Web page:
MIAMI (CBSMiami)- In the coming weeks, 16 medical students from a local university will have their lives changed forever, as future doctors, students, and human beings, when they head out on a medical mission trip to the Amazon.
Like most second year medical students Chase Mallory and Natalie Abad don’t know exactly what type of medicine they want to practice, but one thing is for certain, they want to help people in need both locally and internationally.
This summer these students at Florida International University’s Herbert Wertheim College of Medicine will take part in a global health program mission called Project Amazonas.
“This is super appealing to me because one of the major reasons why I decided to go to medical school was because of my passion for global health and caring for under-served communities,” said Abad.
“We’ve just been studying in the books, so we haven’t had a lot of patient interaction and experience, and this is going to be very eye opening for us,” Mallory said.
Project Amazonas is an American & Peruvian non-profit organization focused on humanitarian, conservation and education efforts in the upper Amazon River region since 1994.
“They’re trying to go back and visit with these Amazonian communities on a regular basis and establish that long term patient care which I think is really important for patient education advocacy,” said Mallory.
Once they arrive in Peru, the participants take a boat up the Amazon River, making several stops at villages and communities where they set up pharmacy and triage stations.
For Gabriela Figueroa and Jonathan Jhon, now third year FIU medical students, the trip was invaluable.
“It showed me what it means to be a physician like down to its core,” said Jhon.
“As future leaders in the community, we are expected to be able to relate to a lot of people and some of us haven’t seen further than our backyards,” said Figueroa. “It’s really nice for medical students to travel internationally so that we can, in our future, practice open what we are used to and be able to relate to more people who become our patients.”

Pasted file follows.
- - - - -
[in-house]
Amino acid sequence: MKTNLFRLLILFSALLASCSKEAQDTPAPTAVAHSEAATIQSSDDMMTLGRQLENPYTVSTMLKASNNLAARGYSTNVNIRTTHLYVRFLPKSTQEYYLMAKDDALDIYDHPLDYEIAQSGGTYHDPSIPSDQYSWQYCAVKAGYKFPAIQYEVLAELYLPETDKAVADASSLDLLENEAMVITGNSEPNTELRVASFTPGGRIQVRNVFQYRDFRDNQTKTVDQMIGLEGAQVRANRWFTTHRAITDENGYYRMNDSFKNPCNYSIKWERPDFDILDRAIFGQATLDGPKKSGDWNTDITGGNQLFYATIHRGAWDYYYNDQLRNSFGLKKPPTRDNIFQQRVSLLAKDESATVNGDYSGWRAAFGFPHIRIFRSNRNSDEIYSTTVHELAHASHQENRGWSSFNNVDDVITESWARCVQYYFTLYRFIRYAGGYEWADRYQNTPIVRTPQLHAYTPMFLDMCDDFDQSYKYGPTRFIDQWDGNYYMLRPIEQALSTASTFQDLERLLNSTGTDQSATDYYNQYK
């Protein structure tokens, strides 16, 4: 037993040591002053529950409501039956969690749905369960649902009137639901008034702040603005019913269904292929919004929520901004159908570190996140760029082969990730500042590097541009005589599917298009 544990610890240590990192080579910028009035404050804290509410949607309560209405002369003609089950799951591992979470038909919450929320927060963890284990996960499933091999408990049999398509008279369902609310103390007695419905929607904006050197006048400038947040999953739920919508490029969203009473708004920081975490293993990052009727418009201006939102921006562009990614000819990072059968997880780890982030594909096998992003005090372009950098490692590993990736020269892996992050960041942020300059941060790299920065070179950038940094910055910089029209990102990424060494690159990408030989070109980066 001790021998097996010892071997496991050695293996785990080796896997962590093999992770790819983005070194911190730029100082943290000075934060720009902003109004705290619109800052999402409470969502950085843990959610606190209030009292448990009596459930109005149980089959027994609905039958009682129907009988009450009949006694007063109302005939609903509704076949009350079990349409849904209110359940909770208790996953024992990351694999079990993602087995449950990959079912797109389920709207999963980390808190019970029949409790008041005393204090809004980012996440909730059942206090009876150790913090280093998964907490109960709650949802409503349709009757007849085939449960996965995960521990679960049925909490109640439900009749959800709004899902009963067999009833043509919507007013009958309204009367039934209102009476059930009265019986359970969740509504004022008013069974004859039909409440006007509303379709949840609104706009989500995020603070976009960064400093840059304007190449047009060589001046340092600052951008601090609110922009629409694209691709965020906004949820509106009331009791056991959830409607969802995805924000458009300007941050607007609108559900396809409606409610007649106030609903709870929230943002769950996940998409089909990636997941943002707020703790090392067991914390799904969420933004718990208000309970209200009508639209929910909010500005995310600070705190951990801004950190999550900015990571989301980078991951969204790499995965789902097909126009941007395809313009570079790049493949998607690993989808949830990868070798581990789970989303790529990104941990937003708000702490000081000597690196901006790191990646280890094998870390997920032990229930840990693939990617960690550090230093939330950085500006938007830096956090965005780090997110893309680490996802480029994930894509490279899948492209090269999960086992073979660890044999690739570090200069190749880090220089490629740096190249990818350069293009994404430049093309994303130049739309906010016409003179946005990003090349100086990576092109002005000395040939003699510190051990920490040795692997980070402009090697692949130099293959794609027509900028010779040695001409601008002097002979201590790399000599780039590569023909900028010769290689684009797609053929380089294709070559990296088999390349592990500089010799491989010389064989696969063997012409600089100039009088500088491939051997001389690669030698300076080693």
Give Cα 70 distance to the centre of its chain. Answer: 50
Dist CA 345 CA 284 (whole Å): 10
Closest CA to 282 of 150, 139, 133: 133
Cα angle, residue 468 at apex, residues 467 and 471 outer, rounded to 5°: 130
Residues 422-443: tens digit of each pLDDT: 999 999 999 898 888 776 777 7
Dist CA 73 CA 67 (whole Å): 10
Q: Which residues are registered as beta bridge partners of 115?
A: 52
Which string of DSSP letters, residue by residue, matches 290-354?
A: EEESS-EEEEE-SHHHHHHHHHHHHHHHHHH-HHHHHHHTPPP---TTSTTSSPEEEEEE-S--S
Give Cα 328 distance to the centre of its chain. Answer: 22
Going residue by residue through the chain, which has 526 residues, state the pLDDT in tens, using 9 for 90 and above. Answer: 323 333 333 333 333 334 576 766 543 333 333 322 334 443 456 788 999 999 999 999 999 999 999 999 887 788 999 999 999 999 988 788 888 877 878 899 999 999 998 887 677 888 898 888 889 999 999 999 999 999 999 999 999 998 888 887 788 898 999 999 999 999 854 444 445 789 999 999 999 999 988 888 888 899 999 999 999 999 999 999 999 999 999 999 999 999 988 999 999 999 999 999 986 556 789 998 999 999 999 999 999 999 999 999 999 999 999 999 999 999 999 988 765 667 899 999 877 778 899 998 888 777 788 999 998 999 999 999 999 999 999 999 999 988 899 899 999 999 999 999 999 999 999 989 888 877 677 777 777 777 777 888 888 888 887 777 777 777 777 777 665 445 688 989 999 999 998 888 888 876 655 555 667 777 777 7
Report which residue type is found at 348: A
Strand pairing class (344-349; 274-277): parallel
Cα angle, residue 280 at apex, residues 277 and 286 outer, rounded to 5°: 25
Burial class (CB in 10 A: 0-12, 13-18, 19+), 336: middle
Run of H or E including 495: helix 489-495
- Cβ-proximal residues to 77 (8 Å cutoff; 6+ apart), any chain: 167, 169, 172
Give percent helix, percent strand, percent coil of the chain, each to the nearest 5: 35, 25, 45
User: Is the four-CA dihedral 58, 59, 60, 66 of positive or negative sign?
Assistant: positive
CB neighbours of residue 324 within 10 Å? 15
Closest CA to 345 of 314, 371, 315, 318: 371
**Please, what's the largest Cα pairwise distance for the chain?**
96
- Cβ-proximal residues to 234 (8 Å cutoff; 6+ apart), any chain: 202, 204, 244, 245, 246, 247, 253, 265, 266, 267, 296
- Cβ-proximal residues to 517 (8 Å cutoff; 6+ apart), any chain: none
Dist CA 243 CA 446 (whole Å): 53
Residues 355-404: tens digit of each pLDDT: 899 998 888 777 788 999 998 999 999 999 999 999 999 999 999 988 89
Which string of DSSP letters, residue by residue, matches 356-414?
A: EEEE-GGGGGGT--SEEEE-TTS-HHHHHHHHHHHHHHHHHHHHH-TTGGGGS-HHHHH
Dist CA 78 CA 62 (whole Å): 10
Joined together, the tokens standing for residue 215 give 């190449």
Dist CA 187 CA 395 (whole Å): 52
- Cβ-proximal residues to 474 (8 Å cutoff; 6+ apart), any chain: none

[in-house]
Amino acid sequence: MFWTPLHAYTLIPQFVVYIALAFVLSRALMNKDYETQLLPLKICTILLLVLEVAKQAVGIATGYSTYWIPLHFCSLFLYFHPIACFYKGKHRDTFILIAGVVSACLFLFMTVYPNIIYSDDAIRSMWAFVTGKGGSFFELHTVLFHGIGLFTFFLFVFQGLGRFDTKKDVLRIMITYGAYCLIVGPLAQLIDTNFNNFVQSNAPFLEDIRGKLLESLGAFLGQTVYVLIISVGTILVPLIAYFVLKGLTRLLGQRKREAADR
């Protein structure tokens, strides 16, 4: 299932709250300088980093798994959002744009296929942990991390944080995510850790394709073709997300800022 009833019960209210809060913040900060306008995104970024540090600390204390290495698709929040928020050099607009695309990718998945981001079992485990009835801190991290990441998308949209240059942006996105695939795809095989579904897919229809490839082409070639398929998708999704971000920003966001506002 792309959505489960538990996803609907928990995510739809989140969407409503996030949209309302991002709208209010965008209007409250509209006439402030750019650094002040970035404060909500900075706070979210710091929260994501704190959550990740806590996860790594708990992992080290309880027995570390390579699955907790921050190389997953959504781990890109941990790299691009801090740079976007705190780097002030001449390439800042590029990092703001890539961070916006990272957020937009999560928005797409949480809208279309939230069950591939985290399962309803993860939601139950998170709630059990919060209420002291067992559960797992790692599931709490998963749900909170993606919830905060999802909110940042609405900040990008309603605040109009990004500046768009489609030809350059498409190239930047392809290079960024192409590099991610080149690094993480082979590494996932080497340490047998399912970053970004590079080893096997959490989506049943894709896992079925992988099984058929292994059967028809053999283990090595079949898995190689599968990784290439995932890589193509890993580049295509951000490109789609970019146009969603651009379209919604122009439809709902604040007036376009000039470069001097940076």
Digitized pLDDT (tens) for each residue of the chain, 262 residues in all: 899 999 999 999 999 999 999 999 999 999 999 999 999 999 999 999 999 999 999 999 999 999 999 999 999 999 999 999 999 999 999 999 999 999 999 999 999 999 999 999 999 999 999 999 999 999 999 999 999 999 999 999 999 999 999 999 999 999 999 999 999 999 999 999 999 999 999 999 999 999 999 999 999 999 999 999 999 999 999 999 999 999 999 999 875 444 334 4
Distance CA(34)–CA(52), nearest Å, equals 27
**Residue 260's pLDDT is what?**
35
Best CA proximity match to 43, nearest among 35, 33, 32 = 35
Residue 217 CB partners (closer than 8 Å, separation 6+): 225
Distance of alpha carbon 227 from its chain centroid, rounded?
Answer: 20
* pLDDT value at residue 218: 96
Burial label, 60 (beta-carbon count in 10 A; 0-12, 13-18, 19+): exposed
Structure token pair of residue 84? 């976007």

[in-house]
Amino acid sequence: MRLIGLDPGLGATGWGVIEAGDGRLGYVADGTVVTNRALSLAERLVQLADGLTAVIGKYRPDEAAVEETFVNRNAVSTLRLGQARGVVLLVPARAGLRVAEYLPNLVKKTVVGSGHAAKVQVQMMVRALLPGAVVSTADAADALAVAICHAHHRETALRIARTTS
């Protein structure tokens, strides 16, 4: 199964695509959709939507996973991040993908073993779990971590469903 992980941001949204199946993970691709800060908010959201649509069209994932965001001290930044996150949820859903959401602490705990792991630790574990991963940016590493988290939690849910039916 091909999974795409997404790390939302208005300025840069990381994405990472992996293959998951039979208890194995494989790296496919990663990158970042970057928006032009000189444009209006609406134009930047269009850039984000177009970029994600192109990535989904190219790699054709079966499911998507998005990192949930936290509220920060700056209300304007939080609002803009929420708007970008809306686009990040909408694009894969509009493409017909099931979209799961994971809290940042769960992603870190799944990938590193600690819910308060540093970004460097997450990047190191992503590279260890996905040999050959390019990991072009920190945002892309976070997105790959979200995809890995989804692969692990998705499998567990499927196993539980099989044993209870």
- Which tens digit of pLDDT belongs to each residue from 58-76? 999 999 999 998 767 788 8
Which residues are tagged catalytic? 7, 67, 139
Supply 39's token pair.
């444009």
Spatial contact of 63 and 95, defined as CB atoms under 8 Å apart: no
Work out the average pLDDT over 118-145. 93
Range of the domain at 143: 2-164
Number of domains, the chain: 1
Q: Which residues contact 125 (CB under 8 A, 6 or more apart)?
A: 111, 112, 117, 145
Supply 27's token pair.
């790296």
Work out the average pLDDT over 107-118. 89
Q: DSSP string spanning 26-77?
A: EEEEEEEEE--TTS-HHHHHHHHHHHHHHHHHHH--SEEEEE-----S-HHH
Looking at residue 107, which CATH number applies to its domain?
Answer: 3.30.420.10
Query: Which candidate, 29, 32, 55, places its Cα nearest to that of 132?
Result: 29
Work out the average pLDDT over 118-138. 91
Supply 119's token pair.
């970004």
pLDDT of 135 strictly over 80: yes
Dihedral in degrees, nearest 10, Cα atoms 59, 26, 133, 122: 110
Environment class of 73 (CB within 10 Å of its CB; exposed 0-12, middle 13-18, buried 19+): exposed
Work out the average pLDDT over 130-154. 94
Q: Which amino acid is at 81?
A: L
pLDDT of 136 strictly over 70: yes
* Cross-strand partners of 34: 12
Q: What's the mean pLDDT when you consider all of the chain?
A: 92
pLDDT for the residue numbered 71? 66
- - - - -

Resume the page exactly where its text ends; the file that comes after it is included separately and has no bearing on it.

The people they treat suffer from common illnesses including fungal and urinary tract infections and dehydration.
But many lack preventative care and information.
“There’s a steep learning curve that we have to go through with them. We don’t want to go there and just give them a bunch of medicine and leave. We want to go there, teach them, make sure they can take care of themselves,” said Jhon.
Jhon and Figueroa work together to help prepare those headed on the next expedition. Providing all the assistance they need, from getting finances, to understanding the cultural and language barriers and a lot of the logistics about the trip itself, like the ‘dos and don’ts.’
Most importantly, the students are encouraged to bring an open mind and be prepared to make the most of this experience both as physicians and human beings.
“We don’t have a lot of the resources at our fingertips that we might have in the United States healthcare system, so thinking on your toes, and being more practical in your care, I think is something that is going to be interesting to learn,” Mallory said. It opens your eyes to a completely different perspective when going on trips like this, whether it is medically related or not. Just understanding how other people view the world, what their baseline normal is, how they view society or healthcare.”
“It’s kind of easy to just forget your end goal, as to why we even chose medicine in the first place, when we’re constantly under stress or studying for an exam and not getting that much sleep,” Abad said.
For more information on Project Amazonas, visit their website.
Abad, Mallory and the other 14 students on this mission have set up a GoFundMe account to offset the costs of their mission. You can read more by clicking here.